※ This article discusses a workshop, I attended on 4th of February 2017.

I didn’t really have an idea how Ikebana ( 生 け 花 , いけばな) is done. However, I looked at the Ikebana Wikipedia article and enjoyed the pictures. Indeed. A nicely balanced flower arrangement combined with good photography (proper ambient light, balance in weight, etc) can give very nice impressions and this is what made me interested in Ikebana. KOKORO-NET already organized the lovely Calligraphy workshop for us in the residence and this workshop is another one in a sequence.

It started at 14:00 and was scheduled for 2 hours. It also took 2 hours for 3 designs and a photo session plus small talk. For 200 Yen (1.66€), I got three tulips and other plants. I have no clue how they are called. Instructions were only given in Japanese and I could barely understand what they said. I forgot the names of the plants. Other students got other flowers and there were 10 students and about 7 instructors.

The most interesting thing - to me - about Ikebana was using the Kenzan. The Kenzan is a spiky plate to fix stipes on it. You are given a set of plants and a basic layout. To the best of my knowledge, we did some Moribana layouts ( 盛 り 花 ) which means the vase is flat (and often very wide) and the stipes are fixed on the Kenzan very close to the ground. We were given three basic layouts to try. In one of these layouts, the largest stem has to have 1.5 times the length of the vase’s width. It has to be placed upright (90 degrees). The second part has to have a length of 1/2 leaning slightly towards the left side. It also has to lean by 30° towards the viewer. The third stem must have a length of 1/3 of the vase’s width and be placed slightly towards the right. It also has to be bent by 80° towards the viewer. Once you are finished with the basic layout, you can add other flowers arbitrarily, but the main weight should be on the three stems introduced. The Kenzan should be hidden as much as necessary (depending on your view angle).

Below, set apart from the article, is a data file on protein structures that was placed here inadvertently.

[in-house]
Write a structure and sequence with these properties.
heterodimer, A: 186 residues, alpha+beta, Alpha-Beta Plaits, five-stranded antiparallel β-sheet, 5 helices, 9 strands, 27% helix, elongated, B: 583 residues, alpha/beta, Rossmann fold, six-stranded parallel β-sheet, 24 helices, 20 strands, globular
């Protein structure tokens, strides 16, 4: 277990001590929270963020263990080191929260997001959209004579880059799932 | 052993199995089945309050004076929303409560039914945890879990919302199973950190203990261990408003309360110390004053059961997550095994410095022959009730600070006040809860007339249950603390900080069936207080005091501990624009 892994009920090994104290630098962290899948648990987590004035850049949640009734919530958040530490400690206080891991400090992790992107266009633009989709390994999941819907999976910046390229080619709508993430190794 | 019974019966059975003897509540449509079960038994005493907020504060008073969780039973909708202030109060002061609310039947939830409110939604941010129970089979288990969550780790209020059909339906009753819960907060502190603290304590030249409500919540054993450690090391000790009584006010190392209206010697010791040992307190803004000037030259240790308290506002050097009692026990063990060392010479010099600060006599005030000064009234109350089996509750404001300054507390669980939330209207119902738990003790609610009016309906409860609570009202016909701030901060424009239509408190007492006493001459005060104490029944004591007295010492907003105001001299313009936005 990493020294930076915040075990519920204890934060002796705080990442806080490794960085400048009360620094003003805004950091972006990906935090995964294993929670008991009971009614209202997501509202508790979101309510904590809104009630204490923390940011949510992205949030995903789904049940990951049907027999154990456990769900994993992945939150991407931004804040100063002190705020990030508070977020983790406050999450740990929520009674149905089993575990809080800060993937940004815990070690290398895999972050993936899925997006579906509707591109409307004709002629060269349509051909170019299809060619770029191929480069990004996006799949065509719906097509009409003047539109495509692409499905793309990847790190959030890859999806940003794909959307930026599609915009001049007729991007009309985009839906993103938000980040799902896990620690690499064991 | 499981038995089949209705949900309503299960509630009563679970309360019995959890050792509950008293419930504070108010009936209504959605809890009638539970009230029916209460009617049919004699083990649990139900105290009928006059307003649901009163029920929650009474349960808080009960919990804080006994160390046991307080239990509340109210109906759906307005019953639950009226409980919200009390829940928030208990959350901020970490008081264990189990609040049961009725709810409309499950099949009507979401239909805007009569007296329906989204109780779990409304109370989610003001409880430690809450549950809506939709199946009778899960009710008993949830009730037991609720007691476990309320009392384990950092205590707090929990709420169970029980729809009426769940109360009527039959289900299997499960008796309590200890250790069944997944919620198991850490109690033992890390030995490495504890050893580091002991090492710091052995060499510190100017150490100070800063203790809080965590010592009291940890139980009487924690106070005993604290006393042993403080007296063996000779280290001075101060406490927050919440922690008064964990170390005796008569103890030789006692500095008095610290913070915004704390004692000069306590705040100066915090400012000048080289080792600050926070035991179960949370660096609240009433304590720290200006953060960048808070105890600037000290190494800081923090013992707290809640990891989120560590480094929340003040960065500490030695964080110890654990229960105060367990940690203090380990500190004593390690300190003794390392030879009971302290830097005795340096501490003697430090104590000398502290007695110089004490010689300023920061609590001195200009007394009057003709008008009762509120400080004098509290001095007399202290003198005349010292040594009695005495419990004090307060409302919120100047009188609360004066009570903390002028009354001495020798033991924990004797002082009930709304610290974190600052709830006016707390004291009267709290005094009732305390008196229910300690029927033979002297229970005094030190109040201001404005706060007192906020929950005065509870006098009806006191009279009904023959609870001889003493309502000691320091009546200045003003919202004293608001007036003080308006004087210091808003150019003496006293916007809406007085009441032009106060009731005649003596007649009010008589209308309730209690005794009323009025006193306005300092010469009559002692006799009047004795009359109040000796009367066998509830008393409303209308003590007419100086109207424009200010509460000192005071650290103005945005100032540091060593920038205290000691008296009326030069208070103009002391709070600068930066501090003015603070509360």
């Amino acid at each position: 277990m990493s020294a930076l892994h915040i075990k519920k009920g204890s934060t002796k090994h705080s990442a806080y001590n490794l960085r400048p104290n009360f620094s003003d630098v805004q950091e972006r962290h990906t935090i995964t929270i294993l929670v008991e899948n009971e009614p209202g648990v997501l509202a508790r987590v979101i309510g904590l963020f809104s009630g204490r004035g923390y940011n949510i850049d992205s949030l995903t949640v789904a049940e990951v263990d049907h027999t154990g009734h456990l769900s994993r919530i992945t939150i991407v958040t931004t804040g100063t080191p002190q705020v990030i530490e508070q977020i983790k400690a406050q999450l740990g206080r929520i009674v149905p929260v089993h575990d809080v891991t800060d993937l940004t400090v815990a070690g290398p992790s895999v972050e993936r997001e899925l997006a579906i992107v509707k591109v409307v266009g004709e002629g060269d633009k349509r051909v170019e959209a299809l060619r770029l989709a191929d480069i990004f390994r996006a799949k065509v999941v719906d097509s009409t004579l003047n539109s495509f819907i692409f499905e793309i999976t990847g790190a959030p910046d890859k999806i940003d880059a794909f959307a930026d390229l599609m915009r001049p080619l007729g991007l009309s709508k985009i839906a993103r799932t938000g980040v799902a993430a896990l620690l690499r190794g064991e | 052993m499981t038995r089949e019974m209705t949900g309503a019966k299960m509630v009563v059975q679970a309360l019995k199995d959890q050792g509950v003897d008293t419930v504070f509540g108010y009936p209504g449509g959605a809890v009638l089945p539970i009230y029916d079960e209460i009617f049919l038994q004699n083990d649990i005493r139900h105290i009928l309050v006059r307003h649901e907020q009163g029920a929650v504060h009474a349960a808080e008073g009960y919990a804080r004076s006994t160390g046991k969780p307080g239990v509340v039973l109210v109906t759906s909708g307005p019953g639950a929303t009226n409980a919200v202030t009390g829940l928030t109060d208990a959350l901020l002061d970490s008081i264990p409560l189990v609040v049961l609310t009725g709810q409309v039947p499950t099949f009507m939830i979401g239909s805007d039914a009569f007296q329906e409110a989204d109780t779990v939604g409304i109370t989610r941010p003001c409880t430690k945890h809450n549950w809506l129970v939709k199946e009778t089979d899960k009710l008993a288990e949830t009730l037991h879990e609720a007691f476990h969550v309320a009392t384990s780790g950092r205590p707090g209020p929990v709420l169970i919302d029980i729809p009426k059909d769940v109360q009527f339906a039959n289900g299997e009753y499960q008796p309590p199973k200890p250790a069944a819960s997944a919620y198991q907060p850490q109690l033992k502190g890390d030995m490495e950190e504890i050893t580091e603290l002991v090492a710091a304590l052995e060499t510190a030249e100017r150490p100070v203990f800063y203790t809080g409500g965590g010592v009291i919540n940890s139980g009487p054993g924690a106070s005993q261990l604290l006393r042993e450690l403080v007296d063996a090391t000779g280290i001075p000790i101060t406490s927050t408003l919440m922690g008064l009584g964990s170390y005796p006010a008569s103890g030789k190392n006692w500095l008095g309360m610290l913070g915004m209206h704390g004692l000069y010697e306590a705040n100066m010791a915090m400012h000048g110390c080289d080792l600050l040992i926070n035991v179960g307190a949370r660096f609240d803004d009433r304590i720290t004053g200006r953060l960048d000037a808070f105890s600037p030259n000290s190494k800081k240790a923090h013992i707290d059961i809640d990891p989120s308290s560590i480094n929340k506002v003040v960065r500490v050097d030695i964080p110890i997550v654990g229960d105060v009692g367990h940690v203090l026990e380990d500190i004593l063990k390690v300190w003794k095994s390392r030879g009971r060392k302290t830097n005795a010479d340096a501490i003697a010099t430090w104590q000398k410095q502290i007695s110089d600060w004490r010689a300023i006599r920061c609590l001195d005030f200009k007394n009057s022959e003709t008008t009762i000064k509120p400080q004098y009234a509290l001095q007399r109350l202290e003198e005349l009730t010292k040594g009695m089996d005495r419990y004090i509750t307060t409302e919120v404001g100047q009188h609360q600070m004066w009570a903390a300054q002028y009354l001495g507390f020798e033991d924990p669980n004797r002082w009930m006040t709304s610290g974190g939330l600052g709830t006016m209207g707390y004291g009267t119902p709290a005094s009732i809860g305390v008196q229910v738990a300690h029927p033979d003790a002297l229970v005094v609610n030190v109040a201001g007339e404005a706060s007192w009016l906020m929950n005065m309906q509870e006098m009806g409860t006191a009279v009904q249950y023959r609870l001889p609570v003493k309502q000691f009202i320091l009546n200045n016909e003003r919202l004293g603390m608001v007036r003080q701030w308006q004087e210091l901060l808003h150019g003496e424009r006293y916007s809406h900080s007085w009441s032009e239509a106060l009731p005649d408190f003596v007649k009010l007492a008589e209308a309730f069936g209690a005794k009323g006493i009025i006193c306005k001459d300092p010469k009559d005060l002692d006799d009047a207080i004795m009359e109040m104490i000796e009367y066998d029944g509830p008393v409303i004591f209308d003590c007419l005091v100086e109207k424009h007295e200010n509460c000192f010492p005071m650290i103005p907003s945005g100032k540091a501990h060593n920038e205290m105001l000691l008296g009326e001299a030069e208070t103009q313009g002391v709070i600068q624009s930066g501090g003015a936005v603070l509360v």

One theoretical thing: All cuts with the scissor should be done underwater. However, this is impossible if you have a stem you cannot bend and is long enough not to fit into the vase.


In the end: A smooth introduction, but I did not like how my instructor changed my plans. In order to do some serious Ikebana, you also need more selection for your plants, I suppose.